How Susan Reigler & the Bourbon Women Association are Bridging Bourbon’s Gender Gap

Reigler at the Smithfield, Virginia
Reigler at the Smithfield, Virginia "Bourbon, Bacon & Beach Music Festival." Courtesy Susan Reigler
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When it comes to bourbon, Susan Reigler is nothing short of a powerhouse. The Louisville native wears more boozy hats that most: She’s an Executive Bourbon Steward, seasoned food and drink journalist, former biology professor with a Masters degree in zoology, author of several noteworthy whiskey-centric books and a prominent member (and former President) of the Bourbon Women Association, a growing organization focusing on promoting and uniting female whiskey-lovers around the country.

Whiskey is all too often a male-dominated domain. That goes double for bourbon—with its particular mix of gentlemanly Southern swagger and rugged Cowboy-esque lore—so providing a space where women are encouraged to foster their delight in all things bourbon is central to Bourbon Women’s mission.

As a part of her many duties, Reigler conducts tastings, gives talks, helps to put on conferences and, of course, imbibes her fair share of the good stuff. Her main motivation, beyond the smell of rickhouses in the summer and the vanilla-tinged warmth of a fireside sip? Reminding the whiskey world—and the world at large—that spirits are, and always will be, genderless.

We sat down with Reigler to learn more about how she got to the top, about her passion, and about the organization she so dearly loves.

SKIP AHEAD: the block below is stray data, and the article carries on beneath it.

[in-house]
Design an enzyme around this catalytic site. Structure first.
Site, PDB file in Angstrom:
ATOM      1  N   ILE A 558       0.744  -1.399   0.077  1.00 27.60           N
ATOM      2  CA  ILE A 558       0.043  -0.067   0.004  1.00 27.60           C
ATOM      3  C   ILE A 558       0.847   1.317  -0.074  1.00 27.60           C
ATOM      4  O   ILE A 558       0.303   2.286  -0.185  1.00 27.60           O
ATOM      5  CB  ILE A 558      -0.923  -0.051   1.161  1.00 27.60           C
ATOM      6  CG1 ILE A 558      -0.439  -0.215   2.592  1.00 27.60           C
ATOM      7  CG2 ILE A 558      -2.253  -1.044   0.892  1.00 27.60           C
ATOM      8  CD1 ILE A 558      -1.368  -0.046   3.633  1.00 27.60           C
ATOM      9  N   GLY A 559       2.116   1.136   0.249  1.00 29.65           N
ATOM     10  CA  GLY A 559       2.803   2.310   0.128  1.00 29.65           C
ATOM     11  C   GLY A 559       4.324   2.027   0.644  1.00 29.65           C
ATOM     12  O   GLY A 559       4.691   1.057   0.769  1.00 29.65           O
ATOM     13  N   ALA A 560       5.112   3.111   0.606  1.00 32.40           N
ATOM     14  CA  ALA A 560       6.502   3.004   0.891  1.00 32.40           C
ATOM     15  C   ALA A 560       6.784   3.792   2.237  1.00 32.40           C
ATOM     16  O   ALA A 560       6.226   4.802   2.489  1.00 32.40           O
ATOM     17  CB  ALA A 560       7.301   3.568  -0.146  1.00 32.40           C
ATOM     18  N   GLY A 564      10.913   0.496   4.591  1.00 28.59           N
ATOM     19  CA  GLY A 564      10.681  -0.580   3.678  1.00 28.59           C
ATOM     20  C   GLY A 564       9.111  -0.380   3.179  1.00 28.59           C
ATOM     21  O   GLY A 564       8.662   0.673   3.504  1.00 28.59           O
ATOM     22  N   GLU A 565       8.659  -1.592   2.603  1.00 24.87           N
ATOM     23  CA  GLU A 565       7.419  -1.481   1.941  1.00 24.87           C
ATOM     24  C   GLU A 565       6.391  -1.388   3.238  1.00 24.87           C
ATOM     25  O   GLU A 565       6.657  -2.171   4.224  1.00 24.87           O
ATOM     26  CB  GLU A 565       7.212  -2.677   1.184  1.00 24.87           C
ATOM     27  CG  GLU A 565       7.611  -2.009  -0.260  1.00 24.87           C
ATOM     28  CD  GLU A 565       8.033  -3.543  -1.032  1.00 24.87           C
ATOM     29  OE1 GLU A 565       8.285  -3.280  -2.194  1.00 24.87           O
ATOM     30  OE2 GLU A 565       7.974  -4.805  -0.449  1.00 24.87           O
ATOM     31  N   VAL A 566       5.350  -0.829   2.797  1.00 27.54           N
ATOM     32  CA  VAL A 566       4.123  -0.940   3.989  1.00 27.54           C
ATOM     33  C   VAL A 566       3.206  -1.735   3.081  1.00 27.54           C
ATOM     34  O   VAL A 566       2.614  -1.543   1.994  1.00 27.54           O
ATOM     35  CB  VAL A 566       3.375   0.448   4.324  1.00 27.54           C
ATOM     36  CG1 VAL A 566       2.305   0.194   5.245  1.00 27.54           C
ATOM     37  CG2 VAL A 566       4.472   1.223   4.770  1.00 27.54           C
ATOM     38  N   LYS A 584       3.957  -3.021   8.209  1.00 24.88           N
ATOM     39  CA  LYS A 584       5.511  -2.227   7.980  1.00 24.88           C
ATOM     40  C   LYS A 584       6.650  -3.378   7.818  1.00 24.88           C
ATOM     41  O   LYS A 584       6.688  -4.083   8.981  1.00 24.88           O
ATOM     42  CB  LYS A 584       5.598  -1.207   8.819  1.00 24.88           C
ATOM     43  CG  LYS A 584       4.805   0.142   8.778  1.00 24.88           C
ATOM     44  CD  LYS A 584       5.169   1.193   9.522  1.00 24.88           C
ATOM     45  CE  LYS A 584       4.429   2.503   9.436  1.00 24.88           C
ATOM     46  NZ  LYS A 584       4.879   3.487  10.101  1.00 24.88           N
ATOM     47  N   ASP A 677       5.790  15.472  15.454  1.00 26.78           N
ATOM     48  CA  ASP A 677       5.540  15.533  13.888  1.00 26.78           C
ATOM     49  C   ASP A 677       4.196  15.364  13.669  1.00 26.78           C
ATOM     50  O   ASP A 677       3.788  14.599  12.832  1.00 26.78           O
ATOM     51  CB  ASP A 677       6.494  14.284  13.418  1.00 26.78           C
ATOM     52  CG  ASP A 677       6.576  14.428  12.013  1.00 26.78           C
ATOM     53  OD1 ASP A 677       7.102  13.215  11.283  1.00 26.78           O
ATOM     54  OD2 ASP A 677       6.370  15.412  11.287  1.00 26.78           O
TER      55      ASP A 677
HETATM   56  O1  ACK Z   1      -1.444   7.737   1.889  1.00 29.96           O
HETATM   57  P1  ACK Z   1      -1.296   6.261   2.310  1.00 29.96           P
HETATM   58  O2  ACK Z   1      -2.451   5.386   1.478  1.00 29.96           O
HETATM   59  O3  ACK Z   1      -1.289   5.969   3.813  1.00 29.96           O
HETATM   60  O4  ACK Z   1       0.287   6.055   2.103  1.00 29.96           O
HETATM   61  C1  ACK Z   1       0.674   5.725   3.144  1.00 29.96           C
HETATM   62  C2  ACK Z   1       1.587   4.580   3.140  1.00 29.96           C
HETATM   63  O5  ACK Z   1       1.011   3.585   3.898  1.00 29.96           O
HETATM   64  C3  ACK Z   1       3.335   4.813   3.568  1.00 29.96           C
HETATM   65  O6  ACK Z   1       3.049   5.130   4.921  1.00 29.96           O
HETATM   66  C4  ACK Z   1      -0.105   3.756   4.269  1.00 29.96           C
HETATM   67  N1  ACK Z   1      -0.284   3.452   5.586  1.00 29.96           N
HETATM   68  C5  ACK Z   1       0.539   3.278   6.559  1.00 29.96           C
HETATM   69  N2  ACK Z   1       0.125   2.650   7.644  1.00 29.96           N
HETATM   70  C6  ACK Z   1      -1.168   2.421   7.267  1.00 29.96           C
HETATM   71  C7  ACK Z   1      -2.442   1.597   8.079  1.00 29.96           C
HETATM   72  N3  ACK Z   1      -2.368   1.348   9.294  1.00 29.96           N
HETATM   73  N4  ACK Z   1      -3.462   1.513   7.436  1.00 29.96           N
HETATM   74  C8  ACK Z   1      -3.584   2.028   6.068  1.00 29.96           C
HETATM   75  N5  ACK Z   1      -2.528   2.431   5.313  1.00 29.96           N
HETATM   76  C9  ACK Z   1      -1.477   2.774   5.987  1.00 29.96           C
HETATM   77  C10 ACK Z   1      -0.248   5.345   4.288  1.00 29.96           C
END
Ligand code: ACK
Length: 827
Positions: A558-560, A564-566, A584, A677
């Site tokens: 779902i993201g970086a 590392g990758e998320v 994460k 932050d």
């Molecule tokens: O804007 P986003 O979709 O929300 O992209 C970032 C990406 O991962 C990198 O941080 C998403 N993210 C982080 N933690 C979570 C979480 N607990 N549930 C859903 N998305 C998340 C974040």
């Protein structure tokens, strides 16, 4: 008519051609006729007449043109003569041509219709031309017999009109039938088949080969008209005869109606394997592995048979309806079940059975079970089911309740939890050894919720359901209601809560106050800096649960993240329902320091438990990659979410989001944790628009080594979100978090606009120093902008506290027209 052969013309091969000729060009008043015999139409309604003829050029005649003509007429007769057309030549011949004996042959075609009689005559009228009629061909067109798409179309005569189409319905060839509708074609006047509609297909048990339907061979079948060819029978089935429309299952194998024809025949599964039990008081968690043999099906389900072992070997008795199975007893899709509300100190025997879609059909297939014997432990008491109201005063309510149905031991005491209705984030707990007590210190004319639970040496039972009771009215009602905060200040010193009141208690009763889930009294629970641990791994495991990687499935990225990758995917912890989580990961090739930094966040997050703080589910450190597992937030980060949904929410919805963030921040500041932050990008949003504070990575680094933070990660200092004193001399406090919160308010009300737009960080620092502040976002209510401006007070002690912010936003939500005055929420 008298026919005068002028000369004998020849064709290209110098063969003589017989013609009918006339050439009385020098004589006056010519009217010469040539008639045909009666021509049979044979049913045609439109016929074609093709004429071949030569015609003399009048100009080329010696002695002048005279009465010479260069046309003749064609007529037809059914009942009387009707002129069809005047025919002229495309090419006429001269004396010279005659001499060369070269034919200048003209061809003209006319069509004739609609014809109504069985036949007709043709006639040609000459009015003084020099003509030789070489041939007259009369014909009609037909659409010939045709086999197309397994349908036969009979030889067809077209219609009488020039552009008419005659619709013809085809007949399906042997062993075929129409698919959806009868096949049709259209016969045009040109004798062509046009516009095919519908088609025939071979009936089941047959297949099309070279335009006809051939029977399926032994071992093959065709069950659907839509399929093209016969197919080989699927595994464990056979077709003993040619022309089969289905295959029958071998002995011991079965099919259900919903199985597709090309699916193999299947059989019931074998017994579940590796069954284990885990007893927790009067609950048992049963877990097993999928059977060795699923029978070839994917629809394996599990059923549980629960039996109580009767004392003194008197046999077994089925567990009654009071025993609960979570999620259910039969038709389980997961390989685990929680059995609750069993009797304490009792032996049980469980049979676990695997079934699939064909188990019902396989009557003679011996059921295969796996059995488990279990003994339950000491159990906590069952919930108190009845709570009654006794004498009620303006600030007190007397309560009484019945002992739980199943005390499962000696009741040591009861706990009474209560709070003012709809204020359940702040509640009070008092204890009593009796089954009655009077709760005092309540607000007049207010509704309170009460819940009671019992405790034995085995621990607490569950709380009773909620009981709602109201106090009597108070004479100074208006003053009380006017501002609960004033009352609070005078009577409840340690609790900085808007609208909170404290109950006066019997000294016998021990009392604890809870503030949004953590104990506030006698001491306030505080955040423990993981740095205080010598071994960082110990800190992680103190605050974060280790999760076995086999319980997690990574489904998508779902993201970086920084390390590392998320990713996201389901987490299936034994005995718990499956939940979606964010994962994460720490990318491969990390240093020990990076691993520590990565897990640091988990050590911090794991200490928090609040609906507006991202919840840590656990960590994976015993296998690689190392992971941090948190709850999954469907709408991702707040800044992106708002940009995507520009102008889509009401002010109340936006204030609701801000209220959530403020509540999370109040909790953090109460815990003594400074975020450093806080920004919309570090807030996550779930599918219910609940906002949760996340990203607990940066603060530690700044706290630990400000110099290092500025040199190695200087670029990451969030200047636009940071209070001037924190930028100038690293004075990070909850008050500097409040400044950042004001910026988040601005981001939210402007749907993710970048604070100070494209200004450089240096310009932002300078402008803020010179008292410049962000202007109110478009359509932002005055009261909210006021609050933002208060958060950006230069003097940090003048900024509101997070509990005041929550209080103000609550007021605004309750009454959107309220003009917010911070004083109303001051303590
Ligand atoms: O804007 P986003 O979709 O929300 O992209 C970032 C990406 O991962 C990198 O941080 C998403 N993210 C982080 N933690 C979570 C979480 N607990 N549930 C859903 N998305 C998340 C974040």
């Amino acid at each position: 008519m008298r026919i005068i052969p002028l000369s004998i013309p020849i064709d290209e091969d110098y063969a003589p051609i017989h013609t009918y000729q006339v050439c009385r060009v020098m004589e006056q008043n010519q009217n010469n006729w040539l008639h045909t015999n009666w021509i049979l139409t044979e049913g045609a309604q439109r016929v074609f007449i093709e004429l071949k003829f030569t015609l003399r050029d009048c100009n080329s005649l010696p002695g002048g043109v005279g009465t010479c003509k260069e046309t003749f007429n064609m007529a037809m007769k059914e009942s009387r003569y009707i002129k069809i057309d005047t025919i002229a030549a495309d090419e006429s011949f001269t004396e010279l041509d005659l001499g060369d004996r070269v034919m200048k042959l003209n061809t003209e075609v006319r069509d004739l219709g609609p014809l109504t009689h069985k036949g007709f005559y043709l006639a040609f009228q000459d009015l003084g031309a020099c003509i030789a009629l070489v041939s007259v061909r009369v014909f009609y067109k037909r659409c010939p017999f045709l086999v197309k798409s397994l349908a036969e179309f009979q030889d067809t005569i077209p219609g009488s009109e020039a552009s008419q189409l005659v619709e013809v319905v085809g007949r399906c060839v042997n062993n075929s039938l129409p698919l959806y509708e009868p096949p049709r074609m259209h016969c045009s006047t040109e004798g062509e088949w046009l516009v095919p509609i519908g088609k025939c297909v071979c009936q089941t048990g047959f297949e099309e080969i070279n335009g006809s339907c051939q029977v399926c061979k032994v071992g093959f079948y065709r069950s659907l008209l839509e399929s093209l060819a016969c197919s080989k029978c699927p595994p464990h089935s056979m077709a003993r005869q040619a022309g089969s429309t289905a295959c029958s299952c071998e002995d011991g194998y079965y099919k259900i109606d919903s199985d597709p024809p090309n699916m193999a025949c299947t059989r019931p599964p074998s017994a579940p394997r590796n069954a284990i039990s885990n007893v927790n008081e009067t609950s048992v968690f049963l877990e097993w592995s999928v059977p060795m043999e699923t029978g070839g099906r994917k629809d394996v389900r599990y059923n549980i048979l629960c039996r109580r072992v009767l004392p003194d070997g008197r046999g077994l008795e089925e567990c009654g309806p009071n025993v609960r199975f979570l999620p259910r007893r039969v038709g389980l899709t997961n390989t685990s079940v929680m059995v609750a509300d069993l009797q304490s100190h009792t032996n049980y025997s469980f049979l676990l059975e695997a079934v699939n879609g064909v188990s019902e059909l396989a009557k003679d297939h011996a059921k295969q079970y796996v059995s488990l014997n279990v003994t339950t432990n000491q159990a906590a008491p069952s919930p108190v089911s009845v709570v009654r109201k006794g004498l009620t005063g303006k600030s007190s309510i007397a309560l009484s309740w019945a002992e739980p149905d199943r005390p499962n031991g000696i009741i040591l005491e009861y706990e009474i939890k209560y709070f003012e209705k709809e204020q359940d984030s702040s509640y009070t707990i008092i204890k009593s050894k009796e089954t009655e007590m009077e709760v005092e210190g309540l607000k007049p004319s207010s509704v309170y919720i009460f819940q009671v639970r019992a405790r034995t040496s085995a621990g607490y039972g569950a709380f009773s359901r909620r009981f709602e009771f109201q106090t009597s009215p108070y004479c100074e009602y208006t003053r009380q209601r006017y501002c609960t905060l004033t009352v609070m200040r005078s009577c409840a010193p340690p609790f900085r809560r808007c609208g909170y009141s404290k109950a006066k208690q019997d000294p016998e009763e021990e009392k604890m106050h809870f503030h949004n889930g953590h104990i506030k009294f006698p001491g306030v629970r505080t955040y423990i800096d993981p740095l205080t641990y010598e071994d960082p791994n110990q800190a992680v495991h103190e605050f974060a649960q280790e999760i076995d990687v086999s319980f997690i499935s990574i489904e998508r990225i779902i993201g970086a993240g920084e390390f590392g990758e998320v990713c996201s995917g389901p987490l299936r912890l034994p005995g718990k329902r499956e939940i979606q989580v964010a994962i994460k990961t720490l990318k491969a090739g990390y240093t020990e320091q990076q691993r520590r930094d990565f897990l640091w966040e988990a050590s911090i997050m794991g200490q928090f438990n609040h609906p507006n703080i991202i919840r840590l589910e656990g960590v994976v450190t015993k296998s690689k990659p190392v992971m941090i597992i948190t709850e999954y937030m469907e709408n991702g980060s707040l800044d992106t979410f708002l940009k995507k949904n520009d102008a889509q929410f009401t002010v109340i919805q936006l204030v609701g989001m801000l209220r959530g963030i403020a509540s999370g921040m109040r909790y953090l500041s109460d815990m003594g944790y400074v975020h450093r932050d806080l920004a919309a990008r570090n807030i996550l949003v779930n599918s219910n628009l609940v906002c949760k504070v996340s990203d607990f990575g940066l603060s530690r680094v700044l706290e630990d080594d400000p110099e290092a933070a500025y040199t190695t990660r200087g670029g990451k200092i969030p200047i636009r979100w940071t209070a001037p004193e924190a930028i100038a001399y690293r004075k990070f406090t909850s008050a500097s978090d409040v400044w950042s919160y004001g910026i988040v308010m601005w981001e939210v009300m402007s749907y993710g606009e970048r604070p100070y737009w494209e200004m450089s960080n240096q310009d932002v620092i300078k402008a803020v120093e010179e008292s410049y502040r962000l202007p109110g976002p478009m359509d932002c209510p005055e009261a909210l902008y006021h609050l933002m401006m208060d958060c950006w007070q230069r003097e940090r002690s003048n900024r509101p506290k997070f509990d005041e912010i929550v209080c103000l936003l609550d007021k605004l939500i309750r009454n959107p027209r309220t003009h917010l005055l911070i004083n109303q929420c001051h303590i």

Do you remember your first encounter with bourbon?

I was born in Louisville and grew up here. Louisville distilleries make one third of the world’s bourbon, which is pretty impressive. My father’s hobby was horse racing and so I spent spring and fall Saturdays of my childhood in our family box at Churchill Downs. (He also taught me how to play chess, how to read the Daily Racing Form and paid for my first riding lessons at age 5.) In the 1960s, the Churchill Clubhouse smelled of old wood, cigars, popcorn, hotdogs, and bourbon. That’s a very early memory.

How did you get started in the whiskey business, and what’s your day-to-day work life like?

I started writing about bourbon in the ’90s when it was coming back, but before too many people were paying attention to it, and for many years I was the restaurant critic and beverage writer for the Louisville Courier-Journal.

These days, I conduct a lot of private tastings for groups and individuals and have helped make barrel selections for retailers and restaurants. I’ve also written four bourbon books, including The Kentucky Bourbon Cocktail Book with Kentucky Bourbon Hall of Fame bartender Joy Perrine, and currently contribute to several magazines, including American Whiskey, Bourbon+ and Food & Dining.

I’m also, as I like to put it, a recovering biology professor. So when I give talks about bourbon, if the audience is receptive, I love to talk about all the chemical and biological aspects of bourbon making, from the flavorful yeast byproducts to the distillation fractions and, of course, the effect of the white oak barrels on aging.